Discipline Committee Process
Start of the Discipline Process – the Citation
Part 3 of the Health Professions Act describes the Discipline Committee process, which is a relatively rare occurrence at CRPNBC. Most matters can be resolved by the Inquiry Committee through the Inquiry Process. However, if during an inquiry an RPN refuses to address the issues under investigation, or refuses to consent to a reprimand or undertaking, the Inquiry Committee may direct the registrar to issue a citation to the registrant for a hearing before the Discipline Committee.
A citation is a formal document that names the registrant as respondent, advises there will be a hearing, describes the nature of the matter to be heard, and provides notice that the Discipline Committee can proceed with the hearing if the respondent fails to attend. CRPNBC must also deliver to the registrant, at least 30 days before the hearing, a notice with details of the date, time and place of the hearing. If there is a complainant, CRPNBC must also notify the complainant of these details not fewer than 14 days before the hearing.
Proposal to Settle
Following the issuance of a citation, a registrant may give the Inquiry Committee a written proposal to settle the matter, as described in section 37.1 of the Act – that is, admitting the nature of the matter, consenting to the making of an order as set out in the proposal, and consenting to indemnify CRPNBC for the investigation costs (per a tariff of costs). Depending on the timing of the offer, the registrant may also consent to indemnify CRPNBC for the costs of preparing for the hearing or conducting the hearing (per a tariff of costs). The Inquiry Committee may accept or reject such a proposal. If the proposal is accepted, this is considered an order of the Discipline Committee. If the proposal is rejected, the hearing must continue.
The Discipline Committee
The CRPNBC board of directors appoints experienced RPNs and members of the public to the Discipline Committee. When a citation has been issued, a panel of 3 members of the Discipline Committee is constituted to hear the matter, including any preliminary applications.
Once a hearing starts, the Discipline Committee is responsible for hearing and determining the matter. Each party may be represented by legal counsel. While not formally a party, the complainant may also be represented by legal counsel when giving evidence, but at his or her own cost. The hearing may proceed even if a registrant does not attend.
Hearings of the Discipline Committee are public, unless at the request of the complainant, the respondent or a witness the Discipline Committee determines otherwise. Oral evidence is upon oath and subject to cross-examination and the ability to call evidence in reply. The Act has detailed provisions stipulating how a party must give adequate notice to the other party of the evidence they intend to rely upon, and how they must allow the other party an opportunity to inspect documents in advance of the hearing. Sections 38(4.1) and (4.2) of the Act provide more details regarding the rules of evidence.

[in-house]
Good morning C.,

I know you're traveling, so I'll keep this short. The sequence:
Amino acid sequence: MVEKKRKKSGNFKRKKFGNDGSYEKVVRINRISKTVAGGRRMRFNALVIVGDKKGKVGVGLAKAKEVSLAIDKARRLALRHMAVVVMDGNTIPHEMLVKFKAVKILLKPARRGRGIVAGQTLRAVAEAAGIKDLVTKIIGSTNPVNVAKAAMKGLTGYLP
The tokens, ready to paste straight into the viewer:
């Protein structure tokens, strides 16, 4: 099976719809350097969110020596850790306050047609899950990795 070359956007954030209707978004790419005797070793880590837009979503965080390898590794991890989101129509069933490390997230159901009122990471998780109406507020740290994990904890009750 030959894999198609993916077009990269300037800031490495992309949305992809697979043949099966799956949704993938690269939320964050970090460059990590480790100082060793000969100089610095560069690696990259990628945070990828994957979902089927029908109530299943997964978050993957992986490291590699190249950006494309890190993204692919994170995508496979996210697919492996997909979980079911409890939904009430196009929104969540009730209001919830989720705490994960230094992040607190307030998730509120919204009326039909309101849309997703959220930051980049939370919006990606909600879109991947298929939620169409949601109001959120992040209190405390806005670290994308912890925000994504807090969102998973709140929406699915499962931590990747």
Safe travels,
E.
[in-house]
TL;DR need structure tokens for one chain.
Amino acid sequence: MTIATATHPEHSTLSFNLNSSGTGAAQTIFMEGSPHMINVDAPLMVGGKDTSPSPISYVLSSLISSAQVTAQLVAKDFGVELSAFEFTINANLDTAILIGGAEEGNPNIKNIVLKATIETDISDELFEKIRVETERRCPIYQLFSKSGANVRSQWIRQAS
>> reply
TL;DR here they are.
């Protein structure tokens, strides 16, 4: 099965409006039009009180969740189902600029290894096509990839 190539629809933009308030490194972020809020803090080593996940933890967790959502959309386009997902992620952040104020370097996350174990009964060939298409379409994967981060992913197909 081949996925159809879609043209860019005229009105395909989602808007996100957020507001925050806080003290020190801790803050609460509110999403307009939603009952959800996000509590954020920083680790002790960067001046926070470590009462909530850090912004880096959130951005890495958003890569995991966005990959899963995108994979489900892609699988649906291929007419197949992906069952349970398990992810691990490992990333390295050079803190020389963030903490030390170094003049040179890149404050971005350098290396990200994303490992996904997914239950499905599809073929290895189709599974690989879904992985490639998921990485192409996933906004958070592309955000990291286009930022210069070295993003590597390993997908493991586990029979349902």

At the end of a hearing, the Discipline Committee may, by order, dismiss the matter or determine that the respondent (registrant):
- has not complied with this Act, a regulation or a bylaw,
- has not complied with a standard, limit or condition imposed under this Act,
- has committed professional misconduct or unprofessional conduct,
- has incompetently practiced the designated health profession, or
- suffers from a physical or mental ailment, an emotional disturbance or an addiction to alcohol or drugs that impairs their ability to practice the designated health profession.
An order of the Discipline Committee must be in writing and include reasons for the order. The Discipline Committee may do one or more of the following:
- reprimand the respondent;
- impose limits or conditions on the respondent’s practice;
- suspend the respondent’s registration;
- subject to the bylaws, impose limits or conditions on the management of the respondent’s practice during the suspension;
- cancel the respondent’s registration;
- fine the respondent in an amount not exceeding the maximum fine established under section 19(1)(w).
Costs of the hearing are determined as set out in section 39 of the Health Professions Act.
Discipline Committee decisions may be appealed to the Supreme Court. Appeals must be launched within 30 days of the Discipline Committee order, upon notice to the other party, and to the complainant if the matter relates to a complaint. Only CRPNBC and the registrant may be parties to an appeal.
Appeals to the Supreme Court consist of a “review on the record” (a review of evidence as heard by the Discipline Committee) unless the court is satisfied that a new hearing or the admission of further evidence is necessary in the interests of justice.
On the hearing of an appeal, the Supreme Court may:
- confirm, vary or reverse the decision of the Discipline Committee,
- refer the matter back to the Discipline Committee, with or without directions, or
- make any other order it considers appropriate in the circumstances.
A decision of the Supreme Court may be appealed to the Court of Appeal if leave to appeal is granted by a justice of the Court of Appeal.
In serious cases, CRPNBC must notify the public of certain actions taken by the Inquiry or Discipline committees (see section 39.3 of the Act). This information is currently published on CRPNBC’s website under Inquiry and Discipline Outcomes.